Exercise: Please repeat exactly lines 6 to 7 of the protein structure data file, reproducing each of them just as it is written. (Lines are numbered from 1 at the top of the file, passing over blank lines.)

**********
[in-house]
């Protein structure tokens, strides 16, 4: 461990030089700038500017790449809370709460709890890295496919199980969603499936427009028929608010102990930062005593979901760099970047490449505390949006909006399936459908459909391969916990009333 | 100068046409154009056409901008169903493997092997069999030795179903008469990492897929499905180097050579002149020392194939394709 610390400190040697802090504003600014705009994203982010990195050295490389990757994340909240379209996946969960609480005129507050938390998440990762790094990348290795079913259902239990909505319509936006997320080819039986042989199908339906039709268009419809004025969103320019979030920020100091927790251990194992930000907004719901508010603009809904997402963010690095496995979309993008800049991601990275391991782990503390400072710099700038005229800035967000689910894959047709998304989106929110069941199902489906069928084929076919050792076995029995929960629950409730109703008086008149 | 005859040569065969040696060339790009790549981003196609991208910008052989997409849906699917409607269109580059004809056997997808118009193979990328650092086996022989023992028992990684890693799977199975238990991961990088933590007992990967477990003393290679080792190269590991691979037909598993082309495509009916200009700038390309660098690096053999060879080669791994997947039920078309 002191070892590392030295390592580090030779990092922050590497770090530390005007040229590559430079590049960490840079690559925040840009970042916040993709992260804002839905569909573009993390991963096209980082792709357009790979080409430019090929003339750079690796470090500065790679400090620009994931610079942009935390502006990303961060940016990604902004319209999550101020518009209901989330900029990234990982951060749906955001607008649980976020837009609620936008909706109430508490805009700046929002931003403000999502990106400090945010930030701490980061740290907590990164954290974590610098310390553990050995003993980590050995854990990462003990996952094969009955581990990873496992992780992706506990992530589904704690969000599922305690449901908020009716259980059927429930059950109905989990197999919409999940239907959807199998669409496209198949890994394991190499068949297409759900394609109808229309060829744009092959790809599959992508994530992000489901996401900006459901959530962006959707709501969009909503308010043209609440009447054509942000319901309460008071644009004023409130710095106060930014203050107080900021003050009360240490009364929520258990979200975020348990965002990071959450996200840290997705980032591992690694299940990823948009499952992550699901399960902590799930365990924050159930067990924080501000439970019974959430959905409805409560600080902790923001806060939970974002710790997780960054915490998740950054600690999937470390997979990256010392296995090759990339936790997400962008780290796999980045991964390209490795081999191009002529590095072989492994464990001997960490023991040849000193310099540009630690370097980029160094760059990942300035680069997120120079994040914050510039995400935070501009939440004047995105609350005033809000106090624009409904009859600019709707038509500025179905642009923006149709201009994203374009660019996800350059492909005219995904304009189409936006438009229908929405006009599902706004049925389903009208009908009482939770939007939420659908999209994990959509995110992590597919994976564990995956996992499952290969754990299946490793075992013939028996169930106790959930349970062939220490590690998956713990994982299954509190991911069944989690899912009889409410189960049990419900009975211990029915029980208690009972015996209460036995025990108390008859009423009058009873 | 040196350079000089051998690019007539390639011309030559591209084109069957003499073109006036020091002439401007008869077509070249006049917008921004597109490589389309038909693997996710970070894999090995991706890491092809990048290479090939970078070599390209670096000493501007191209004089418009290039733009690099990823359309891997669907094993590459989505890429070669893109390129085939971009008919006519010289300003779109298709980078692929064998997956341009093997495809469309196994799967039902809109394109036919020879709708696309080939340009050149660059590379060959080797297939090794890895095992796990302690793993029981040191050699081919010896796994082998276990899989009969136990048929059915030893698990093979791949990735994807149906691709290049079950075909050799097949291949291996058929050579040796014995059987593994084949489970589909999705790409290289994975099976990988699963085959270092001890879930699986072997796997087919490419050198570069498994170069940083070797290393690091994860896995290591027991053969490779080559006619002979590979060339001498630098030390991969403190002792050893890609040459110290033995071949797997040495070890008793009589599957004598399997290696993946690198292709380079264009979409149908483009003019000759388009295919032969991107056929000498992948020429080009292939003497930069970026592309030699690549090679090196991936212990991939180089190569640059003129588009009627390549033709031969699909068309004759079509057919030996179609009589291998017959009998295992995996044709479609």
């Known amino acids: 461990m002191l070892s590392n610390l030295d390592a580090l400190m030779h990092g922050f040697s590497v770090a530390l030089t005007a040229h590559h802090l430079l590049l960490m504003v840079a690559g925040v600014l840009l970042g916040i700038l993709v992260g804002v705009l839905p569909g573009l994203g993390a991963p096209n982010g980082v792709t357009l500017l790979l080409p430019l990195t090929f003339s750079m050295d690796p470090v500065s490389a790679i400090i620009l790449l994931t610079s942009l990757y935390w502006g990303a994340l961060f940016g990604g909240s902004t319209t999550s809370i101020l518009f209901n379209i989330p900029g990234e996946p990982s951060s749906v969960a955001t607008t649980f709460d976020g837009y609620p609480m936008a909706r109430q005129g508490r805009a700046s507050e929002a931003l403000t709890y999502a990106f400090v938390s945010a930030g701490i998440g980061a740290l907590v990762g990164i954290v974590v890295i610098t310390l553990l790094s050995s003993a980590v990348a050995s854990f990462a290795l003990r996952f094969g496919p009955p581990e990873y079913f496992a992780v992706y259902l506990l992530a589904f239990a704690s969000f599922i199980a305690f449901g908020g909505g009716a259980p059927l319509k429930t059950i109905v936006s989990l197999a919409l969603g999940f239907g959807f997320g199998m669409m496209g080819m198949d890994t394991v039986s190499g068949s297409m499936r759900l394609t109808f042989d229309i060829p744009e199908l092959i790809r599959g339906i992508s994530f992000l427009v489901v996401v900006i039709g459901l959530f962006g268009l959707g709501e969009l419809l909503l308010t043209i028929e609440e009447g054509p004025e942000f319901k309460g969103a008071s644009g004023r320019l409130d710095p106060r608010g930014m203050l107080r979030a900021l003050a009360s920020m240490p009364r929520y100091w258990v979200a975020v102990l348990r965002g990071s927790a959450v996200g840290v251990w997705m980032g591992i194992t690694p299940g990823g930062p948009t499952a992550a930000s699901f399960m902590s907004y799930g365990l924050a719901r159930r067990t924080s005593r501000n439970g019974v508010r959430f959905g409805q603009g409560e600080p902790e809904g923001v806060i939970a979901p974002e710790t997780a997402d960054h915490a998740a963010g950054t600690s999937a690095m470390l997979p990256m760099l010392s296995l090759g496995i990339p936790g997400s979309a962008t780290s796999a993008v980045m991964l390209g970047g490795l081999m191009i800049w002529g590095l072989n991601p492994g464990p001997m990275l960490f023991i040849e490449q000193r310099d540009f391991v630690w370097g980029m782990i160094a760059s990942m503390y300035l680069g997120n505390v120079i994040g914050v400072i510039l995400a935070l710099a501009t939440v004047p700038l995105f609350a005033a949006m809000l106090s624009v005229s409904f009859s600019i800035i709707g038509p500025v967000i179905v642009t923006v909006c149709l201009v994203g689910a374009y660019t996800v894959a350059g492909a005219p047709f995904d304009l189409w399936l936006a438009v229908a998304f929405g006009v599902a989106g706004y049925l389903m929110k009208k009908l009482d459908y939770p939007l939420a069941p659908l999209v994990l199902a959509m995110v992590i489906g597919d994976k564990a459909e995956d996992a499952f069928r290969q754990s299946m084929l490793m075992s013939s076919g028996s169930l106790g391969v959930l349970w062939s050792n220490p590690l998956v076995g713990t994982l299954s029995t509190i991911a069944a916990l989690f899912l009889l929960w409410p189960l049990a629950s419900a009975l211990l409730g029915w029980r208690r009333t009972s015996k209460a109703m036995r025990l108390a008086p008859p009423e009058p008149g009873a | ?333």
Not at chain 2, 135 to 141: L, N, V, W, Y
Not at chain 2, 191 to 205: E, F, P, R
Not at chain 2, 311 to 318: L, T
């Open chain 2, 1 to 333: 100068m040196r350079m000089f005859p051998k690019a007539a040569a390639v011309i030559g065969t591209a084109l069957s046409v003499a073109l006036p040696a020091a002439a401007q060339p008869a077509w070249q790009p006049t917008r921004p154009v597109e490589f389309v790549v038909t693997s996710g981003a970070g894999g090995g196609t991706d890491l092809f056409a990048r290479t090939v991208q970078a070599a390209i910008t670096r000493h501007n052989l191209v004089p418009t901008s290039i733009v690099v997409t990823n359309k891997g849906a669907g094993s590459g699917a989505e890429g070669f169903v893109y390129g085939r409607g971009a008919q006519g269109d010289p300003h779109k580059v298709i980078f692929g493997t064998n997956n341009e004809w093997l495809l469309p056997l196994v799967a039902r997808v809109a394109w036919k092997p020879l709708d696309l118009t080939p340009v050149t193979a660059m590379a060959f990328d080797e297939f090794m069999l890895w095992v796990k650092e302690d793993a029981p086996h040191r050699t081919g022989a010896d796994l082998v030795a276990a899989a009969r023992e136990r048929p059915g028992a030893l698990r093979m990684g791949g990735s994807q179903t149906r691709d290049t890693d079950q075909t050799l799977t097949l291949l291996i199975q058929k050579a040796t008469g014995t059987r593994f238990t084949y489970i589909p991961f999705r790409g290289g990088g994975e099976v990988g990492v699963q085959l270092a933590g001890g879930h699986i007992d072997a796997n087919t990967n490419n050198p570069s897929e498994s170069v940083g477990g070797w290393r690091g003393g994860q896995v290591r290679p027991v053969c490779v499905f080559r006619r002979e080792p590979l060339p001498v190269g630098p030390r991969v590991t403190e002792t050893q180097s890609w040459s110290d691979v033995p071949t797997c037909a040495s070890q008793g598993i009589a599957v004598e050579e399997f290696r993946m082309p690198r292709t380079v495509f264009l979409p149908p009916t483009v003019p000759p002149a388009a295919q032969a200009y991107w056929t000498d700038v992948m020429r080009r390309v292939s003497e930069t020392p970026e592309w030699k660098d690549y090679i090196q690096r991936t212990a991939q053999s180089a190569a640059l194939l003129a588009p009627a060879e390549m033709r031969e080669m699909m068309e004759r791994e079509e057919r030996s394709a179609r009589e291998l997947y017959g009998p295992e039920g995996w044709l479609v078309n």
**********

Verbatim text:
Not at chain 2, 311 to 318: L, T
């Open chain 2, 1 to 333: 100068m040196r350079m000089f005859p051998k690019a007539a040569a390639v011309i030559g065969t591209a084109l069957s046409v003499a073109l006036p040696a020091a002439a401007q060339p008869a077509w070249q790009p006049t917008r921004p154009v597109e490589f389309v790549v038909t693997s996710g981003a970070g894999g090995g196609t991706d890491l092809f056409a990048r290479t090939v991208q970078a070599a390209i910008t670096r000493h501007n052989l191209v004089p418009t901008s290039i733009v690099v997409t990823n359309k891997g849906a669907g094993s590459g699917a989505e890429g070669f169903v893109y390129g085939r409607g971009a008919q006519g269109d010289p300003h779109k580059v298709i980078f692929g493997t064998n997956n341009e004809w093997l495809l469309p056997l196994v799967a039902r997808v809109a394109w036919k092997p020879l709708d696309l118009t080939p340009v050149t193979a660059m590379a060959f990328d080797e297939f090794m069999l890895w095992v796990k650092e302690d793993a029981p086996h040191r050699t081919g022989a010896d796994l082998v030795a276990a899989a009969r023992e136990r048929p059915g028992a030893l698990r093979m990684g791949g990735s994807q179903t149906r691709d290049t890693d079950q075909t050799l799977t097949l291949l291996i199975q058929k050579a040796t008469g014995t059987r593994f238990t084949y489970i589909p991961f999705r790409g290289g990088g994975e099976v990988g990492v699963q085959l270092a933590g001890g879930h699986i007992d072997a796997n087919t990967n490419n050198p570069s897929e498994s170069v940083g477990g070797w290393r690091g003393g994860q896995v290591r290679p027991v053969c490779v499905f080559r006619r002979e080792p590979l060339p001498v190269g630098p030390r991969v590991t403190e002792t050893q180097s890609w040459s110290d691979v033995p071949t797997c037909a040495s070890q008793g598993i009589a599957v004598e050579e399997f290696r993946m082309p690198r292709t380079v495509f264009l979409p149908p009916t483009v003019p000759p002149a388009a295919q032969a200009y991107w056929t000498d700038v992948m020429r080009r390309v292939s003497e930069t020392p970026e592309w030699k660098d690549y090679i090196q690096r991936t212990a991939q053999s180089a190569a640059l194939l003129a588009p009627a060879e390549m033709r031969e080669m699909m068309e004759r791994e079509e057919r030996s394709a179609r009589e291998l997947y017959g009998p295992e039920g995996w044709l479609v078309n």